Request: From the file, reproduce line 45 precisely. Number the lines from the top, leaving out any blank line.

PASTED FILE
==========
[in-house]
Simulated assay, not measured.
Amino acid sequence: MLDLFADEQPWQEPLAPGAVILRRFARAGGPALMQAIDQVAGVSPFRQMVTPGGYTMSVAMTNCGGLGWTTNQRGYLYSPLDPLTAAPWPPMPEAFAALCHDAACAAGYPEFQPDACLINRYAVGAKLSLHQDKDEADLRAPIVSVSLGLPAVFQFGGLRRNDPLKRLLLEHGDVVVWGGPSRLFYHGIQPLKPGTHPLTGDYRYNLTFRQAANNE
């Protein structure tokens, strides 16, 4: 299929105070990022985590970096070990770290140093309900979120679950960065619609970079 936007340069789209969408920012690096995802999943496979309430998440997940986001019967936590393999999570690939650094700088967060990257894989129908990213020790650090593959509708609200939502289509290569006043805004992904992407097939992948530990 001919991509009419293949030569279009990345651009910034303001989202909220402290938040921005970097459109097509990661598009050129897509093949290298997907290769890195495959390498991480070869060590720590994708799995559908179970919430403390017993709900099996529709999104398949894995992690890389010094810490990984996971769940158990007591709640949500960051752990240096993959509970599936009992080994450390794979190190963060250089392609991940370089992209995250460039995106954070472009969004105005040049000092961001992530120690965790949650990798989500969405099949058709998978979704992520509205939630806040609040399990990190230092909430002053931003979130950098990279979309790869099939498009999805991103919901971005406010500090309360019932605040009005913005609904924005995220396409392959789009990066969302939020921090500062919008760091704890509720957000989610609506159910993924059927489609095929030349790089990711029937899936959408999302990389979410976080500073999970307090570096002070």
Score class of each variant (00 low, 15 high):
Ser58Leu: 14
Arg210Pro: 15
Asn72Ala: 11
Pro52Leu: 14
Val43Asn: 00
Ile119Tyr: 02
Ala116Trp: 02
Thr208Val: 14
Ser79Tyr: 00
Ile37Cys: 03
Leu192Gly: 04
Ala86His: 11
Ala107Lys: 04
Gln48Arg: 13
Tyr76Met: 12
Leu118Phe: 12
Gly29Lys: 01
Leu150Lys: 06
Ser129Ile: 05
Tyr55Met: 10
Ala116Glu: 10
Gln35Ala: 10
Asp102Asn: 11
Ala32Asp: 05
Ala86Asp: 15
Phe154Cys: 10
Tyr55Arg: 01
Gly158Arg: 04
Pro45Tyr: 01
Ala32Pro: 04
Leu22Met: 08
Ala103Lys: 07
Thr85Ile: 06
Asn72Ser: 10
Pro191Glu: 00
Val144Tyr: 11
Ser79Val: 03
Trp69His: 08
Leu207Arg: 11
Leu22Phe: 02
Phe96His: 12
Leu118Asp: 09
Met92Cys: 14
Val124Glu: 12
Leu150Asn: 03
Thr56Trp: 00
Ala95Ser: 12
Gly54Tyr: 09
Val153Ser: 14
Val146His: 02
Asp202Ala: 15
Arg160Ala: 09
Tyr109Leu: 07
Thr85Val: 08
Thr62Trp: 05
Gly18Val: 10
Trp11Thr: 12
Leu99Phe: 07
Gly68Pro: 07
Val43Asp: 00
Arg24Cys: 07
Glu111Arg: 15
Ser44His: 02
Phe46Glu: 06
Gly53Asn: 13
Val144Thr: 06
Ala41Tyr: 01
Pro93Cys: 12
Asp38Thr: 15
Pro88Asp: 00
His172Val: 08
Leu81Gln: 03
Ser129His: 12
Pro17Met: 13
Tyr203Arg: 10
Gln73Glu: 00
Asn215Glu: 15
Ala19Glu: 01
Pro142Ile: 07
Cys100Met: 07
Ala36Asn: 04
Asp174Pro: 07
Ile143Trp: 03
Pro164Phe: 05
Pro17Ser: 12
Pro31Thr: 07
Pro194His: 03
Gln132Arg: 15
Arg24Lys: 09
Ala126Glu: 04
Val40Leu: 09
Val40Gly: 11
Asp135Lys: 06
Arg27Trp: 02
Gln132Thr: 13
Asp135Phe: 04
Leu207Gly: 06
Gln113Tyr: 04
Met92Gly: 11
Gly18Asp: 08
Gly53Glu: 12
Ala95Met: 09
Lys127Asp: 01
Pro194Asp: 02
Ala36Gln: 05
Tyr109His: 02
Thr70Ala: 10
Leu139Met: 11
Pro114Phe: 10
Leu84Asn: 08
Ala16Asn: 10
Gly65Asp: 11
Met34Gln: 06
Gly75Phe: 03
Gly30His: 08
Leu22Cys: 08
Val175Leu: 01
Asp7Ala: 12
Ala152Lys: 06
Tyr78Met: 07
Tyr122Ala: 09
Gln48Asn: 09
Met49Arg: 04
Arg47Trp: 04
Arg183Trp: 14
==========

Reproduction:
Leu22Phe: 02